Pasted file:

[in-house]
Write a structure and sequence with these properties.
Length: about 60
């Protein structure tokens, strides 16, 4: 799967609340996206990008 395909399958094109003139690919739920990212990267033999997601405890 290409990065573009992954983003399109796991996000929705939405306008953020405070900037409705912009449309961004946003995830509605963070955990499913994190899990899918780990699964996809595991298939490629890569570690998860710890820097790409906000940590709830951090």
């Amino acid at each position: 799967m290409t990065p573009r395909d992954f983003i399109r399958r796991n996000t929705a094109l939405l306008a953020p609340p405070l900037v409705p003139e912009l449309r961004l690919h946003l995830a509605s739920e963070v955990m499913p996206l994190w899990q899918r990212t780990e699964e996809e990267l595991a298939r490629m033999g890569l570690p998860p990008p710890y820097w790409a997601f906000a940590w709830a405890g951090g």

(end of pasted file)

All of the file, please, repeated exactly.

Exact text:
[in-house]
Write a structure and sequence with these properties.
Length: about 60
């Protein structure tokens, strides 16, 4: 799967609340996206990008 395909399958094109003139690919739920990212990267033999997601405890 290409990065573009992954983003399109796991996000929705939405306008953020405070900037409705912009449309961004946003995830509605963070955990499913994190899990899918780990699964996809595991298939490629890569570690998860710890820097790409906000940590709830951090």
């Amino acid at each position: 799967m290409t990065p573009r395909d992954f983003i399109r399958r796991n996000t929705a094109l939405l306008a953020p609340p405070l900037v409705p003139e912009l449309r961004l690919h946003l995830a509605s739920e963070v955990m499913p996206l994190w899990q899918r990212t780990e699964e996809e990267l595991a298939r490629m033999g890569l570690p998860p990008p710890y820097w790409a997601f906000a940590w709830a405890g951090g």